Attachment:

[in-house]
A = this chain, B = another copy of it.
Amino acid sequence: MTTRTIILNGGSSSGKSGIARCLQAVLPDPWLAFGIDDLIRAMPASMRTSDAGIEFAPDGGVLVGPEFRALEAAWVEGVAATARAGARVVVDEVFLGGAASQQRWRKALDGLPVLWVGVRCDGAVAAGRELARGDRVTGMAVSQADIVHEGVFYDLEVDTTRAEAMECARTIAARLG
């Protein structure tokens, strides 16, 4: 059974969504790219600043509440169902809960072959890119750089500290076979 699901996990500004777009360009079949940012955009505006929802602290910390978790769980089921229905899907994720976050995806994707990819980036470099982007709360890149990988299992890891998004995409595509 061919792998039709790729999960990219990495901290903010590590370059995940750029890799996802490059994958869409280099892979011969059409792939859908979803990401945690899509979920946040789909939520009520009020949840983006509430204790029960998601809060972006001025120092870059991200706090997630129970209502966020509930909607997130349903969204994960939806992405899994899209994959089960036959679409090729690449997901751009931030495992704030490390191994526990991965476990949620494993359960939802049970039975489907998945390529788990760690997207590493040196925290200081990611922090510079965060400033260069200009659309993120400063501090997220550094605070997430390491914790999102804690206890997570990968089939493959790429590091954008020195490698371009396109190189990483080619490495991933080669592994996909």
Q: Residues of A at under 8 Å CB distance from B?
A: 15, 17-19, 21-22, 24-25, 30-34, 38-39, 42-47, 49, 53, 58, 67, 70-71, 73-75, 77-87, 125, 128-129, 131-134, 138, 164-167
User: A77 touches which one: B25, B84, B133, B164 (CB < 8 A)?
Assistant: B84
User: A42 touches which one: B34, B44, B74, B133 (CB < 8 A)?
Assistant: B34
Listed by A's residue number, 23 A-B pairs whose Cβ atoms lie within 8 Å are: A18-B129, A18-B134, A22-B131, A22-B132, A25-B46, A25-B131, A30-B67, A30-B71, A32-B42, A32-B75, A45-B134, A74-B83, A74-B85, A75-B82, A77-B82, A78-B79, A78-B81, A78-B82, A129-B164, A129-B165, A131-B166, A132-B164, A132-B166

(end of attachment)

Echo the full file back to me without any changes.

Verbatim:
[in-house]
A = this chain, B = another copy of it.
Amino acid sequence: MTTRTIILNGGSSSGKSGIARCLQAVLPDPWLAFGIDDLIRAMPASMRTSDAGIEFAPDGGVLVGPEFRALEAAWVEGVAATARAGARVVVDEVFLGGAASQQRWRKALDGLPVLWVGVRCDGAVAAGRELARGDRVTGMAVSQADIVHEGVFYDLEVDTTRAEAMECARTIAARLG
């Protein structure tokens, strides 16, 4: 059974969504790219600043509440169902809960072959890119750089500290076979 699901996990500004777009360009079949940012955009505006929802602290910390978790769980089921229905899907994720976050995806994707990819980036470099982007709360890149990988299992890891998004995409595509 061919792998039709790729999960990219990495901290903010590590370059995940750029890799996802490059994958869409280099892979011969059409792939859908979803990401945690899509979920946040789909939520009520009020949840983006509430204790029960998601809060972006001025120092870059991200706090997630129970209502966020509930909607997130349903969204994960939806992405899994899209994959089960036959679409090729690449997901751009931030495992704030490390191994526990991965476990949620494993359960939802049970039975489907998945390529788990760690997207590493040196925290200081990611922090510079965060400033260069200009659309993120400063501090997220550094605070997430390491914790999102804690206890997570990968089939493959790429590091954008020195490698371009396109190189990483080619490495991933080669592994996909």
Q: Residues of A at under 8 Å CB distance from B?
A: 15, 17-19, 21-22, 24-25, 30-34, 38-39, 42-47, 49, 53, 58, 67, 70-71, 73-75, 77-87, 125, 128-129, 131-134, 138, 164-167
User: A77 touches which one: B25, B84, B133, B164 (CB < 8 A)?
Assistant: B84
User: A42 touches which one: B34, B44, B74, B133 (CB < 8 A)?
Assistant: B34
Listed by A's residue number, 23 A-B pairs whose Cβ atoms lie within 8 Å are: A18-B129, A18-B134, A22-B131, A22-B132, A25-B46, A25-B131, A30-B67, A30-B71, A32-B42, A32-B75, A45-B134, A74-B83, A74-B85, A75-B82, A77-B82, A78-B79, A78-B81, A78-B82, A129-B164, A129-B165, A131-B166, A132-B164, A132-B166